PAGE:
Three and a half months in Australian waters had elapsed when on 16th March 1945 she departed Sydney for Seeadler Harbour. H.M.A.S. Maryborough spent the
remaining months of the war on patrol in Australian and New Guinea. On 15th August 1945 ('VJ' Day) the 'Maryborough' was as en route from Milne Bay to Seeadler.
The remainder of her active service with the R.A.N. was spent as a unit of the 21st Minesweeping Flotilla based on Hong Kong. In December 1945 she finally returned to
Australian and was paid off for disposal. She was sold to Australian General Trading and Shipping Syndicate, Sydney (Comino Bros Pty Ltd) on 9th May 1947 and
renamed Isobel Queen. She was resold to Carr Enterprises Ltd, Sydney, in 1953 for breaking up.
A bit of history ....
From settlement in 1788 to 1859, Australia depended on units detached from the Royal Navy based in Sydney to provide Naval defence. In 1859, Australia was
established as a separate British Naval Station and until 1913, a squadron of the Royal Navy was maintained in Australian waters.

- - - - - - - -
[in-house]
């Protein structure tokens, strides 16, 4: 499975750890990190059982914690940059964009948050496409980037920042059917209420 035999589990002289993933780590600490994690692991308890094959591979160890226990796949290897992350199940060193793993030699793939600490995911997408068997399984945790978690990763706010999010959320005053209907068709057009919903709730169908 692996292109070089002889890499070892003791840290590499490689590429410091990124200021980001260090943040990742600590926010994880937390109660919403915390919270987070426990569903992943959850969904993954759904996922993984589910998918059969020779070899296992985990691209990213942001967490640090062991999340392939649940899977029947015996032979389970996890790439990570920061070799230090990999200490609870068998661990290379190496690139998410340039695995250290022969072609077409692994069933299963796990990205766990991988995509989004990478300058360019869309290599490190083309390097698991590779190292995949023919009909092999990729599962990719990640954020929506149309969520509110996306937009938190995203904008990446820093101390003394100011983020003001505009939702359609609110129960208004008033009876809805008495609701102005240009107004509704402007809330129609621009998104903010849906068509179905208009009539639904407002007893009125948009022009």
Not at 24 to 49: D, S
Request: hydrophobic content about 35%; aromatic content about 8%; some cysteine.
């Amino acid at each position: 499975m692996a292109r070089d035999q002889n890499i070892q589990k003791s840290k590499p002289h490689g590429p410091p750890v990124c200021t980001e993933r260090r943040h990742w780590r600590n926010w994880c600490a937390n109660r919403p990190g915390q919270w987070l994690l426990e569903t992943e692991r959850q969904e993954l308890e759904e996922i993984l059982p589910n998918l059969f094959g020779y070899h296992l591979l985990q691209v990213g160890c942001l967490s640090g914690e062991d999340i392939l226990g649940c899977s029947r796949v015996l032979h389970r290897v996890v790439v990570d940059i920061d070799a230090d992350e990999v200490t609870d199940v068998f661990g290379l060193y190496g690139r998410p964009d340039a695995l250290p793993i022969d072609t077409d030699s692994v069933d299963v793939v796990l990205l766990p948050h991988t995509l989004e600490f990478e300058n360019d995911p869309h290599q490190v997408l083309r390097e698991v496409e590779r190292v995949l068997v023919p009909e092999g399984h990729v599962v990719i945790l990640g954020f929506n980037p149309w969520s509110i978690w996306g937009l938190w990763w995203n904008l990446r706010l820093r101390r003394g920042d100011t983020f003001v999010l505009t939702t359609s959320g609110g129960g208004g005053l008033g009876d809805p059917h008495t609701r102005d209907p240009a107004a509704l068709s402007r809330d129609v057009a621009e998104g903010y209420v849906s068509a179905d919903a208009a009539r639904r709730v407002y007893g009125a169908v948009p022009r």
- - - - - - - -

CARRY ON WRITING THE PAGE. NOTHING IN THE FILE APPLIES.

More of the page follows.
This Australian unit was to be paid for and controlled by the Australian Commonwealth and was to be eventually manned by Australian personnel.
At an Imperial Conference held in 1909, it was decided to deploy to Australian waters a naval unit consisting of at least a battle cruiser, three second class cruisers, six
destroyers, three submarines and a number of auxiliaries.
Detailed discussions were held on 19th August 1909 between representatives of the British Admiralty and the Australian Government that resulted in a decision to proceed
with the establishment of an Australian Fleet Unit.
The first units of this Navy, the destroyers, H.M.A. Ships Yarra and Parramatta, reached Australian waters in November 1910 and in the following year on 10th July 1911,
His Majesty King George V granted the title of 'Royal Australian Navy' to the Commonwealth Naval Forces.
At the outbreak of hostilities in 1914, the Australian Fleet comprised a battle cruiser, six light cruisers, six destroyers, two submarines and numerous support and
ancillary craft. The ships and men of the RAN operated as an integral part of the Royal Navy and served in all operational areas.